Jury Begins Deliberations in Ex-Cop's Murder Trial of Pregnant Girlfriend

Jurors will resume deliberating tomorrow in the case of a former police officer accused of killing his pregnant lover.

The jury began deliberating this afternoon in the murder trial of Bobby Cutts Jr., then was sequestered for the night at a local hotel.

Defense attorney Fernando Mack said Tuesday that Cutts placed his pregnant lover's body in a field and left his 2 1/2-year-old son home alone, but those heinous acts don't prove he intended to kill her.

A day earlier Cutts said he accidentally killed Jessie Davis with an elbow to her neck as he was trying to leave her house.

After Cutts dumped her body, he denied knowledge of her whereabouts for a week as thousands searched for her.

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"Does that cause you to feel that he's a liar and a cheat and he's going to lie about everything else?" Mack said. "None of that will tell you whether aggravated murder was committed on the morning of June 14th."

Assistant prosecutor Dennis Barr told the jury that Cutts' story makes no sense.

"You don't hide the body unless you're trying to cover up a criminal act, a purposeful killing, especially when you're a trained police officer sworn to serve and protect," Barr said.

Cutts killed Davis and her fetus to get out of child support payments for a fourth child, Barr said.

"He knew when he was suffocating Jessie, when he was strangling Jessie, he was killing that baby inside her," Barr said.

Mack opened his closing argument by conceding that Cutts must take responsibility for dumping Davis' body and leaving his 2 1/2-year-old son home alone for more than 24 hours.

"Are you thoroughly outraged yet?" he asked jurors.

He pointed out that no witnesses testified that Cutts had been complaining about child support payments or about Davis' pregnancy.

Mack also reminded jurors that the medical examiner could not determine a cause of death and that Cutts' friend Myisha Ferrell didn't testify that Cutts strangled Davis.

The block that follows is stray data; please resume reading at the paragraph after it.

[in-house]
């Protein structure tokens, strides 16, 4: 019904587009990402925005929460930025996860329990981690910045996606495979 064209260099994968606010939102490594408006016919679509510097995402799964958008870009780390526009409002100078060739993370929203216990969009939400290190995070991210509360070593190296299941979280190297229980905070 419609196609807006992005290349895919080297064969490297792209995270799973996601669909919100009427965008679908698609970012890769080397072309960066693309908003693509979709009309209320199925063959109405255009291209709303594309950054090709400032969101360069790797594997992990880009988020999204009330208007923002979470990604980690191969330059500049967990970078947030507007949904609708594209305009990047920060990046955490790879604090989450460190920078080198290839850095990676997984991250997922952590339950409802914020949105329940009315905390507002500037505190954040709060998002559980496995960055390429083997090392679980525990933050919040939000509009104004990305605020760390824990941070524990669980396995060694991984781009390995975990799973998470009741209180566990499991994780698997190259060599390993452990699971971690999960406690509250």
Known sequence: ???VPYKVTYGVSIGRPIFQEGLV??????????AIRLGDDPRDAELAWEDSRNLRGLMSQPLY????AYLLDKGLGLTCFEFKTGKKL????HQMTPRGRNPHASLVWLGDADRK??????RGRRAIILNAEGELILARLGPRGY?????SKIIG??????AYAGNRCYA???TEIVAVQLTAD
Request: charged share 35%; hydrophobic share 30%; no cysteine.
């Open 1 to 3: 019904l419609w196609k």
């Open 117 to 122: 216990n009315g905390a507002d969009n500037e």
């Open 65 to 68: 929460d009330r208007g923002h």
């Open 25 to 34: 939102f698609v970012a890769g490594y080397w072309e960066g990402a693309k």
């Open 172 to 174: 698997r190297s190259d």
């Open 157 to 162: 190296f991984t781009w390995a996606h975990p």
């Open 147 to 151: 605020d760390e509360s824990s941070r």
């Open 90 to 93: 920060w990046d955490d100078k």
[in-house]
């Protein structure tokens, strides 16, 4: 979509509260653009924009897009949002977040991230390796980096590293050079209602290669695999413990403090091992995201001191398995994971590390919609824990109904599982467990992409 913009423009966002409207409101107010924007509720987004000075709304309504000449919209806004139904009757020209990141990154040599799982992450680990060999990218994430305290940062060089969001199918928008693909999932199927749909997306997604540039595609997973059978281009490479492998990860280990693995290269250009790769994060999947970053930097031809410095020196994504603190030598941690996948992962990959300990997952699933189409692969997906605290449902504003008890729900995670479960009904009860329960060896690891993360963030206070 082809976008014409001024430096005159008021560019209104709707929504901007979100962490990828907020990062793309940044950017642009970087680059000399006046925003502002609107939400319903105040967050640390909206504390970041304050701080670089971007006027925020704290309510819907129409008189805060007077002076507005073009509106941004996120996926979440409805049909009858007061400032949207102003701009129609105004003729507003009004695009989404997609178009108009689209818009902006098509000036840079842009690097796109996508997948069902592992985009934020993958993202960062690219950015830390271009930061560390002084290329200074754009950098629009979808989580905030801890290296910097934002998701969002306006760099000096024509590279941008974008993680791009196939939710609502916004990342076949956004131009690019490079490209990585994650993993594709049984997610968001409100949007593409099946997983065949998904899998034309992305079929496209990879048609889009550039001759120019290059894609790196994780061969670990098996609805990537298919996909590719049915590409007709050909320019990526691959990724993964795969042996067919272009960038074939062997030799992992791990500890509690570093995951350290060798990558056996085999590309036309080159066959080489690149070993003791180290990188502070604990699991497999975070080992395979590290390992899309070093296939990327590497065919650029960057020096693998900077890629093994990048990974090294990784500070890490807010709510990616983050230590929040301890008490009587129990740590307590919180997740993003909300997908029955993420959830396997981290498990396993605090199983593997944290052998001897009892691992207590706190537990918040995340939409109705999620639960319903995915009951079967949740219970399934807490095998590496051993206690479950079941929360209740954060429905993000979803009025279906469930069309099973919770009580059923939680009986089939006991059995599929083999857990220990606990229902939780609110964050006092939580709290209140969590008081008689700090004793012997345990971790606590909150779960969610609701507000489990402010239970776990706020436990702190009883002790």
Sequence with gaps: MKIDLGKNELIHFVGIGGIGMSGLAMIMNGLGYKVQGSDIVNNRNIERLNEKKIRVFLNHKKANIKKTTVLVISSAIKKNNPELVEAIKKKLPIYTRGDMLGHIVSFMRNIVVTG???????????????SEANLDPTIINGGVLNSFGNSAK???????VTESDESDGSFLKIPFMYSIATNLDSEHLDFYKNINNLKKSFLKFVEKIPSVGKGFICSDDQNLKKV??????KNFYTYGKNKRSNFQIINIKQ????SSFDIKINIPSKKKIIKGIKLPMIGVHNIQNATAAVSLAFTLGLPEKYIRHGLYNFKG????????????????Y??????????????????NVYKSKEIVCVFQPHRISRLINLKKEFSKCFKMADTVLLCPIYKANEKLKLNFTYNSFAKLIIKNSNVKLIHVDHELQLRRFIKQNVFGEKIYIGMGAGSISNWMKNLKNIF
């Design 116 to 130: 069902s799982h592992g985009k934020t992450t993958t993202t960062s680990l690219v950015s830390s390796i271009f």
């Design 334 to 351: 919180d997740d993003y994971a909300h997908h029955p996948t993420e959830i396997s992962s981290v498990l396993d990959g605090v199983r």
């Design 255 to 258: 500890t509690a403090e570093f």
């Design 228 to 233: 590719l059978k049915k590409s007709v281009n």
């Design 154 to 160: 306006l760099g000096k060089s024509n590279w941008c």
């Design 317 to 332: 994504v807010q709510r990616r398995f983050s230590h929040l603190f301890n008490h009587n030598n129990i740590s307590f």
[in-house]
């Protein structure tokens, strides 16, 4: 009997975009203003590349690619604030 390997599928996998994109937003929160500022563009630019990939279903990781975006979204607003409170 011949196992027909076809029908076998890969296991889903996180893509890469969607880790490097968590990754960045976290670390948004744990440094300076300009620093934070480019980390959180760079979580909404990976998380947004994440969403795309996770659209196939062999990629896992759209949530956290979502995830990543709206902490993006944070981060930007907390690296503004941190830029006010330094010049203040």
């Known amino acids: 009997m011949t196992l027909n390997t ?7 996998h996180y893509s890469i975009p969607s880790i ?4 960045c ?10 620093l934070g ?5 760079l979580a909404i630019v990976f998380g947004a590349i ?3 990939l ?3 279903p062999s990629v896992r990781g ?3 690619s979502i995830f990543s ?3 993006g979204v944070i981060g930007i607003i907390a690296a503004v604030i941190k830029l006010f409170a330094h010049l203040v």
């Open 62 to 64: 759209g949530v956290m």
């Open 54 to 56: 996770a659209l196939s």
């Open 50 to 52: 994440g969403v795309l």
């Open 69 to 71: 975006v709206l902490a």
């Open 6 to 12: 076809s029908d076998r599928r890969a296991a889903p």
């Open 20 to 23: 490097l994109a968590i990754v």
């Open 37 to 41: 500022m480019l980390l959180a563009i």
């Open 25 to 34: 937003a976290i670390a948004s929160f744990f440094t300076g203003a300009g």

Cutts has pleaded not guilty to charges of aggravated murder in the deaths of Davis, 26, and her fetus, gross abuse of a corpse, aggravated burglary and child endangering. He could receive the death penalty if convicted of the aggravated murder charges, which include intent to kill with prior calculation and design.

Defense attorneys asked the judge to instruct the jury on lesser charges of involuntary manslaughter or voluntary manslaughter, but the judge rejected their request, saying it wasn't warranted by the evidence.

Jurors may consider a murder charge, which would spare Cutts from a possible death sentence. They were to be sequestered overnight if they didn't reach a verdict Tuesday.

Cutts, 30, testified through sobs Monday that he swung his elbow at Davis when she wouldn't let him leave her home in northeast Ohio.

Mack told the jury there was credibility to Cutts' version of what happened. He recalled that Cutts testified that Davis was lying on the floor when he entered her bedroom, saying she was feeling nauseous.

"Why it makes sense to make that up? Don't know," he said.

Mack demonstrated how Cutts says he swung his elbow downward and struck Davis' neck. He reminded the jury that Cutts said he tried to perform CPR and revive Davis with bleach.

"The panic is increasing now," Mack said. "He knows that this is not supposed to be, not because he went in there with the intent to commit murder but because something escalated and got out of control."

Barr responded in his rebuttal by reminding the jury of what the couple's son, Blake, told an investigator: "Mommy's crying. Mommy broke the table. Mommy's in the rug," and later "Daddy's mad."

"How can a 2 1/2-year-old make that up?" Barr asked. "That's evidence that Bobby committed aggravated murder."

Defense attorneys finished their closing argument by stressing the lack of DNA evidence.

Barr blamed Cutts for destroying any evidence.

"He knew Jessie and baby Chloe were laying up in that field decomposing in the searing heat in the sun of June, so when it was discovered, he would be able to say anything he wanted," Barr said.

He told jurors they'd have to use common sense to determine what happened in Davis' house on June 14.

"The only reasonable explanation that exists is that Bobby strangled Jessie," said Barr, explaining that it takes several minutes to apply the pressure needed to strangle somebody.

"It can't be accidental," he said.

He said Cutts only led investigators to Davis' body because cell phone tower records showed he was in the park area the morning she died.

Mack said Cutts led them to the body out of remorse.

"People who are murderers don't take authorities to the body," he said. "His conscience ate away at him."